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Marbelup

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  • Website URL
    http://marbelupmodels.blogspot.com/

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  • Location
    Perth, Western Australia
  • Interests
    Western Australian Government Railways in Sn3.5 scale

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  1. You could try asking for an exemption given that you are bringing your business to IM rather than Shapeways, and that the design of the models is proven by previous printing. Just a thought. Also, is it your intention to print your locomotive in many parts to be assembled as a "kit"? I do the opposite, and try to minimise the number of parts, to 1 if possible. I understand that, especially with a steam loco, it might be desirable to print different parts in different orientation to minimise stepping on curved surfaces. IM do allow parts to be "sprued" now, with certain conditions, which I now use for small parts like bogies to minimise the impact of the €5 fixed charge per part.
  2. I haven't used it myself, but I know other 3D modellers using Autodesk Fusion 360 which is free for hobbyists. Would that be another option?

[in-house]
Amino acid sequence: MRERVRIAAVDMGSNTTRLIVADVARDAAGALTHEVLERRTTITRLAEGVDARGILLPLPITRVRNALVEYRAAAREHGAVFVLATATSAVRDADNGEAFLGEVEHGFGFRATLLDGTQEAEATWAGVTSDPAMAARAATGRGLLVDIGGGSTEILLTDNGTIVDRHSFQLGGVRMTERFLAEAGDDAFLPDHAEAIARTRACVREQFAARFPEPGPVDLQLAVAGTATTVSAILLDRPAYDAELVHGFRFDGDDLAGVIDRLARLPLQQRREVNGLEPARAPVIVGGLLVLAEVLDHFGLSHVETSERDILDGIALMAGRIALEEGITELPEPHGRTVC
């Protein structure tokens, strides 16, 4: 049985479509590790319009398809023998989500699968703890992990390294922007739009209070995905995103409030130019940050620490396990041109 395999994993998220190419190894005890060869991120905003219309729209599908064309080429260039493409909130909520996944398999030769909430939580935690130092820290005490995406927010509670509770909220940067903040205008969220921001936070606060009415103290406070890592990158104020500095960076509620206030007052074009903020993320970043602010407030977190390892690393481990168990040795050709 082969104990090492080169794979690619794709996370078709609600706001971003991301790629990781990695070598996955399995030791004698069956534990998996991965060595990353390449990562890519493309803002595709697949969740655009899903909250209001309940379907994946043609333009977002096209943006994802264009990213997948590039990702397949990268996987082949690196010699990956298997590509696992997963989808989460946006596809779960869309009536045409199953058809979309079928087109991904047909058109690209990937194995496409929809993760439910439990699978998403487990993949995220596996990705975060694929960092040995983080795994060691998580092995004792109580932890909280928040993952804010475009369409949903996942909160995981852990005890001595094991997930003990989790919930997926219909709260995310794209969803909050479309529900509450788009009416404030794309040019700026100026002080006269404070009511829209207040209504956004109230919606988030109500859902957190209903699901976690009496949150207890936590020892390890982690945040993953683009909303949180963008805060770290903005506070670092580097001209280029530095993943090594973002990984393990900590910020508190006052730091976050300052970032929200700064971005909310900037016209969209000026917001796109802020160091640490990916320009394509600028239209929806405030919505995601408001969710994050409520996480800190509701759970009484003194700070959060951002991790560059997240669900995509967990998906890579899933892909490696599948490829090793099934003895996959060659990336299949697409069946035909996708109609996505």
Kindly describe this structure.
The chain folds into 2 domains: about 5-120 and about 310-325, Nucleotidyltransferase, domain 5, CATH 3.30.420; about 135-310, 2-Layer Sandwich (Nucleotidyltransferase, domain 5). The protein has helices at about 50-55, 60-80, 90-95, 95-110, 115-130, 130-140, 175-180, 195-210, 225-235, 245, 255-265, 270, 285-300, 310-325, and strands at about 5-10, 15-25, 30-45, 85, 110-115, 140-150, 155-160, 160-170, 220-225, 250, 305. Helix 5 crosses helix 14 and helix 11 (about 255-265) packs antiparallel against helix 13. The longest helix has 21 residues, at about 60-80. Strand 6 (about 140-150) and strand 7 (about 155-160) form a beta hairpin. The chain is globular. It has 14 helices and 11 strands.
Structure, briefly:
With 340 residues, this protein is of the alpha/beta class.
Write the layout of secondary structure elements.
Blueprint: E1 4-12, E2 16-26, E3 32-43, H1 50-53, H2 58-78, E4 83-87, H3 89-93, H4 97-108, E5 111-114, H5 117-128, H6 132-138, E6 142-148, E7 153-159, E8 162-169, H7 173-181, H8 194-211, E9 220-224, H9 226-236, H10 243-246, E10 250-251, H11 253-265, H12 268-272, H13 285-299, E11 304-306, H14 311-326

3. Large curves should not get "planked" if you use decent CAD software and use appropriate settings when exporting STL file. I have done several cylindrical hopper wagons in HO and S scales and the curved sides come out quite smoothly apart from some stepping towards the top due to the printing process itself. The hopper in the attached photo is S scale and printed by i.Materialise in their standard resin. The sides have not been smoothed at all and 2 coats of paint have been applied.
  4. Looking back at the photos from June 8, 2016, I am pretty sure the layering on the sides of the wagons is the residue from the wax support material used for Shapeways FUD. I haven't ordered from Shapeways since I first started out in 3D in 2012, as I wasn't impressed by the residue, although some people seem to get good results with FUD. I have had some success on wagons with similar overhangs by making the underside of the overhang slope upwards, which can elimate the need for supports of any kind while not being too obvious on the finished model. An example is the C-channel side sill in the screenshot. I usually print in i.Materialise Standard Resin and, prior to that, their Grey Resin.